How to Rebuild a Gate Valve


Gate valves are a simple valve that, unlike most other types of valves, do not depend on rubber gaskets to make a seal. Instead, they use guides and a "gate" made of metal to stop and start flow. The multi-turn handle makes operation simple and smooth. Every so often, however, it may help to know how to rebuild a gate valve.

Problems with gate valves are not common, but the one seen most often is when something gets lodged in the guides on the sides or bottom of the valve's body+. This can happen when a gate valve is left open for extended periods. Blocked gate pathways can lead to the valve being unable to fully close.

But do not fear, a small blockage does not mean the valve is ruined. Gate valves are easy to take apart and clean if their path is obstructed. Rebuilding a gate valve is also simple. We'll explain how to rebuild a gate valve after first discussing cleaning and disassembly.

How to Disassemble

Gate valves are typically screwed to a wall or between two pieces of piping. Before removing it, you can attempt to unclog the valve using just the water in the system. Turn the water source on as high as possible, then slowly open and close the valve as fully as it will let you. This could loosen some debris and allow you to close the gate valve fully.

If this doesn't do the trick, you should turn off the water source and remove the valve from the pipeline. This is typically done by unscrewing the ends. Once the valve is disconnected, use pliers to loosen the gate valve's bonnet, as shown in the picture. Do not loosen the packing nut, as it is what holds the components together that keep fluid from leaking up the stem.

When you have unscrewed the bonnet, you will be able to remove the top of the gate valve, with the handle and seating, from the body. This will allow you to clean your valve from the top, using a toothbrush or other cleaning tool.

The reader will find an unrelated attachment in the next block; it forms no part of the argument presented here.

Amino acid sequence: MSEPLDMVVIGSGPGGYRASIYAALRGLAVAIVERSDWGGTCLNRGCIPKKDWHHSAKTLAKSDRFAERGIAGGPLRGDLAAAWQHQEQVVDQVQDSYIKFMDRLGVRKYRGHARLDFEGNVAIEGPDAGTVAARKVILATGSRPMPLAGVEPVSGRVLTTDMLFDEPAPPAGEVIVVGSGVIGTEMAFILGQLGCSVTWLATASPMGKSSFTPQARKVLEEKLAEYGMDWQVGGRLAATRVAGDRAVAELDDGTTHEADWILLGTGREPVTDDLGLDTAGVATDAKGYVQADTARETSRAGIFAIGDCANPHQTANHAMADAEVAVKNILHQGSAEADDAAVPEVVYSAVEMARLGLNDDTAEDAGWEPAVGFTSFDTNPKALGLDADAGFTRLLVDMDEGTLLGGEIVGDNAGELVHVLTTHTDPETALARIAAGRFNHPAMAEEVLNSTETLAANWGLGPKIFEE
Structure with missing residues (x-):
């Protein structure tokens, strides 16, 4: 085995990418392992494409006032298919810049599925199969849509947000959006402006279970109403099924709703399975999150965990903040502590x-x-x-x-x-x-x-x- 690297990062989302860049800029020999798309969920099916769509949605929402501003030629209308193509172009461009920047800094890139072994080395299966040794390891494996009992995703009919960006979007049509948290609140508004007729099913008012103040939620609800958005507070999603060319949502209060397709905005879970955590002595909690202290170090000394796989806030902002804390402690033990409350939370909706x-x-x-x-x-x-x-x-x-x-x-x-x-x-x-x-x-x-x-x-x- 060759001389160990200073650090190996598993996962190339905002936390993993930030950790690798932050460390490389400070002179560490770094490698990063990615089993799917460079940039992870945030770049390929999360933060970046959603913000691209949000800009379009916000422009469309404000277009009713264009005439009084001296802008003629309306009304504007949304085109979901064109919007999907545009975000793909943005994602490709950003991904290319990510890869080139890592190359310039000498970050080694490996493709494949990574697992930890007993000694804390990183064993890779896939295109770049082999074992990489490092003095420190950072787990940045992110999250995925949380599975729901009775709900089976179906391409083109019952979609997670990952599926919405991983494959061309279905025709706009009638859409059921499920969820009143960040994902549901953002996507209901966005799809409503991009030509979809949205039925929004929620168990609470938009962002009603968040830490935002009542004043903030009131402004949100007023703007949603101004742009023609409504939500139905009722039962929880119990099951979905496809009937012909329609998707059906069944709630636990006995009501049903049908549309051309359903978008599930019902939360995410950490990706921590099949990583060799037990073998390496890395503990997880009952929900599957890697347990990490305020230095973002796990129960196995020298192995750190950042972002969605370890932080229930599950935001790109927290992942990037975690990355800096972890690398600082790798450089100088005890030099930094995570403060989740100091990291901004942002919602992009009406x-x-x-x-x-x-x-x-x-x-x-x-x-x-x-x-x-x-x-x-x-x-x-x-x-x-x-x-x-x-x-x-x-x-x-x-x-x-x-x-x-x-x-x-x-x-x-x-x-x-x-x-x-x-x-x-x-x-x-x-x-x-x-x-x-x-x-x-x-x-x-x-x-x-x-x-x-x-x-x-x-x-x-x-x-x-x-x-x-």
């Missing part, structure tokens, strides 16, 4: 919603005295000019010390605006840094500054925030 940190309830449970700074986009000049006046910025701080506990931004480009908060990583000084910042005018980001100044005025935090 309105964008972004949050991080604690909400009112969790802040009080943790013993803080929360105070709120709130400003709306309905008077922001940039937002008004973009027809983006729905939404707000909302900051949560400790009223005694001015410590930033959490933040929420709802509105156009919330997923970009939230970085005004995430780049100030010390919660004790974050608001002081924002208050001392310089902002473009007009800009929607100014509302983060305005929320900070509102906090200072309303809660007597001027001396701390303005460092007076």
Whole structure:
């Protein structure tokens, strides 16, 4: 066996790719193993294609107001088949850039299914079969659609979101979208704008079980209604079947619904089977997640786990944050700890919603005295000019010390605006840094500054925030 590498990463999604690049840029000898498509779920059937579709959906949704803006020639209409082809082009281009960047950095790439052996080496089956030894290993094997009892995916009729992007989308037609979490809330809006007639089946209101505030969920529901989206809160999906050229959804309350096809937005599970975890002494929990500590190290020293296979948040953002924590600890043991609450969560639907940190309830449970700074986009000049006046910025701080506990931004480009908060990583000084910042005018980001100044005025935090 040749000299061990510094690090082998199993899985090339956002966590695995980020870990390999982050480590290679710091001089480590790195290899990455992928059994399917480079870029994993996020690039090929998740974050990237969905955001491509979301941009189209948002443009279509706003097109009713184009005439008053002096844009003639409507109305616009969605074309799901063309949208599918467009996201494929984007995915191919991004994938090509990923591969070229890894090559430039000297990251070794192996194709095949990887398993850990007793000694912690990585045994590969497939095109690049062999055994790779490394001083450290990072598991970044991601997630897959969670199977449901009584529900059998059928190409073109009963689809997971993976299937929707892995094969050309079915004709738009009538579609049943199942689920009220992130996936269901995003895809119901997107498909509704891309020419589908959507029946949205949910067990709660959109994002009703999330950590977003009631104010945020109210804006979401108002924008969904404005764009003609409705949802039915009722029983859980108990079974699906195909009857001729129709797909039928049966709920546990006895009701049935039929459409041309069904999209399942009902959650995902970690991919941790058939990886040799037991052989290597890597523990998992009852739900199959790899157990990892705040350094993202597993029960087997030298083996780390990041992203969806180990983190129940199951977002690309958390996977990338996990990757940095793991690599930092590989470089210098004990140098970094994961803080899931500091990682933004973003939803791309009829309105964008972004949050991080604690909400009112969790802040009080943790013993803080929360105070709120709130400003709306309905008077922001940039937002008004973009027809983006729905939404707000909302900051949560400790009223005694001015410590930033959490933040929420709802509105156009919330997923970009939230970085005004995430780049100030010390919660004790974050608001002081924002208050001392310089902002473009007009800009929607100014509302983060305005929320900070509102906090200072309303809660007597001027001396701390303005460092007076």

How to Rebuild

Congratulations! Your gate valve is clean and clear! Now all that's left is to put it together. This is a simple process if you have only disconnected the bonnet. Slide the gate back into the proper position in the valve's body then screw the gate valve bonnet until secure. Test the valve by turning the handle. Ensure that the gate opens and closes fully. Once you are sure it is working properly, put it back into its place in the pipeline, using fresh pipe dope or sealant tape.

A malfunctioning gate valve is not difficult to repair, but it is even easier to prevent. These problems are typically caused by mineral buildup, so you should fully close and open your gate valves every few months to clear potential problems. If your gate valve has severe pitting or corrosion, you will need to replace it. Luckily, we supply gate valves at the best prices anywhere. Check out the links below and fill out our handy quote request form for prices!


Read this helpful article by SFGATE for more information on gate valves!

Recently Compared Products
  1. 20" Schedule 40 PVC Pipe 4004-200AB Plain End